Preclinical pancreatic cancer partnership

Relationship targets use of pipeline drug and AI platform

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DALLAS—While there have been recent advances in the use of targeted and biomarker-based therapies in cancer, pancreatic cancer has not experienced a significant improvement in patient outcomes. The overall five-year survival rate for pancreatic cancer across all stages remains at only 10 percent in the United States and 8.2 percent globally, and pancreatic cancer is expected to become the second leading cause of cancer death in the U.S. this year, according to the National Cancer Institute (NCI).

Lantern Pharma, a clinical-stage biopharma company using its proprietary RADR artificial intelligence (AI) platform to improve drug discovery and development and identify patients who will benefit from its targeted oncology therapeutics, entered into a collaboration and research agreement with Philadelphia-based Fox Chase Cancer Center. The collaboration, which is in the preclinical stage, will focus on advancing the targeted use of one of Lantern’s pipeline drugs, LP-184, in molecularly defined sub-types of pancreatic cancer and leveraging Lantern’s proprietary RADR AI platform.

According to Panna Sharma, CEO of Lantern Pharma, the objective of the collaboration is to create a more biologically relevant and robust gene signature in preparation for future clinical trials, enabling pancreatic cancer patients to potentially benefit from a more effective and personalized cancer therapy. The work will be led by Dr. Igor Astsaturov, an internationally recognized researcher in gastrointestinal cancers, and will use patient-derived cancers that are grown in the lab, enabling researchers to more precisely understand the biology of what actually happens inside the cancer tumor.

As Sharma explained, “The business model at Lantern is to rely on relationships with top-tier institutions that have a similar focus. Collaborations with world-leading cancer centers are an essential part of our strategy to rapidly advance the insights driving our therapeutic programs and grow our RADR AI platform by adding millions of new, unique and proprietary data points.”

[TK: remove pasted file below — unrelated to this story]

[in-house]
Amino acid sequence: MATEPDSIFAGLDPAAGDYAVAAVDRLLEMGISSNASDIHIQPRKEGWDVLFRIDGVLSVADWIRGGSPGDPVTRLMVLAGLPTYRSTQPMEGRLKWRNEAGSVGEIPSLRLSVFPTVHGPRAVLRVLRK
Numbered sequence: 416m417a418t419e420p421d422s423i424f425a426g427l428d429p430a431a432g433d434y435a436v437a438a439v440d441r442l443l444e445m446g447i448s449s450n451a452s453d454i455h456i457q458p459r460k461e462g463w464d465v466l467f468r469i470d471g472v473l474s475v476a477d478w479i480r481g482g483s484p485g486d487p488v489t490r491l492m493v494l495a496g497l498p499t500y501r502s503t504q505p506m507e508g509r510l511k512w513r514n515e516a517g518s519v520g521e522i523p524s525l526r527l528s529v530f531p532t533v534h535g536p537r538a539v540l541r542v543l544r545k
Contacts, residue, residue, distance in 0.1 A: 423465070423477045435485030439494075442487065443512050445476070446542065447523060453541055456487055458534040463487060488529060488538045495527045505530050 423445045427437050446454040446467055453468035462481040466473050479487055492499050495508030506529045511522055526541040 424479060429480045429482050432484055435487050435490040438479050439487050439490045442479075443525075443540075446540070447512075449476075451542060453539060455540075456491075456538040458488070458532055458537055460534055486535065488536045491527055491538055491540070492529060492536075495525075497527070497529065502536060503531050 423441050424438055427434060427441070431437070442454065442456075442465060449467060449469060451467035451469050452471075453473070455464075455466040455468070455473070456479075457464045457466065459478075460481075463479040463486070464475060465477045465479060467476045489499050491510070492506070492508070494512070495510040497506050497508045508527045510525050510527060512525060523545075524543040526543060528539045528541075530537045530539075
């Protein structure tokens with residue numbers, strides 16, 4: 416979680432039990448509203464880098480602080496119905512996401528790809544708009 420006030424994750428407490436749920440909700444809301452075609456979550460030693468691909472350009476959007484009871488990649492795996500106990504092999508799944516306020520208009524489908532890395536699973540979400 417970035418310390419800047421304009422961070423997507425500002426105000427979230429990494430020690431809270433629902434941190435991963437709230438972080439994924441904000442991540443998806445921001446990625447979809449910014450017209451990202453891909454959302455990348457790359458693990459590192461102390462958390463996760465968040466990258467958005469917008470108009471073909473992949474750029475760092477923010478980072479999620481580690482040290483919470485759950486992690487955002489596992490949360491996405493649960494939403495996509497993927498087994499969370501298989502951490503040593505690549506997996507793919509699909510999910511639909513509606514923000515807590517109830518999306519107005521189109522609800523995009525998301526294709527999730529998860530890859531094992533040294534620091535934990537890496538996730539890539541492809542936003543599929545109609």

“This relationship with Fox Chase will allow us to use state-of-the-art models and biological methods to add more physiologically relevant data and insights into the mechanisms of LP-184, and will further shape our algorithms for how certain compounds interact with specific tumor types,” he added. “The unique insights we gain will equip Lantern with critical advantages in our aim of accelerating LP-184’s path to clinical trials and ultimately commercialization, while saving millions of dollars in development costs. We hope to have LP-184 in clinical trials by the end of next year. This data-enabled and biomarker-based approach has the potential to meaningfully bend the cost curve of cancer drug development and help bring personalized cancer therapies to patients with reduced economic burden and greater efficacy.”

LP-184 is a DNA-damaging small-molecule drug candidate currently in preclinical development for certain genomically defined solid tumors, including pancreatic cancer. As a next-generation alkylating agent that preferentially damages DNA in cancer cells that overexpress certain biomarkers, LP-184 has the potential to be used as both monotherapy and as a synergistic agent in combination with other drugs. LP-184 has been advanced using Lantern’s proprietary RADR AI platform, which leverages more than 500 million data points, machine learning, genomics and computational biology to accelerate the discovery of potential mechanisms of action, and genomic and biomarker signatures that correlate to drug response in cancer patients.

Astsaturov specializes in investigating signaling pathways that inform the choice of biomarkers and innovative therapy combinations in clinical trials. He is known for his research in a number of cancer indications spanning pancreatic, stomach, liver and several others, as well as his belief that each individual cancer patient will soon be defined by the molecular makeup of their cancer cells.

The research program will use patient-derived cancers grown in the lab and transformed into physiologically relevant 3D organoids and PDx models. This approach enables researchers to understand the biology of what actually happens inside the cancer tumor. The team will attempt to establish the precise biomarker signatures and help to provide data-driven insight into additional mechanisms that can be leveraged in the fight against pancreatic cancer. Additionally, they will attempt to determine whether the overexpression of the gene PTGR1, a biomarker that has been linked to cancer cell proliferation, will indicate heightened sensitivity to LP-184 and a more favorable response rate and efficacy, as compared to standard-of-care agents.

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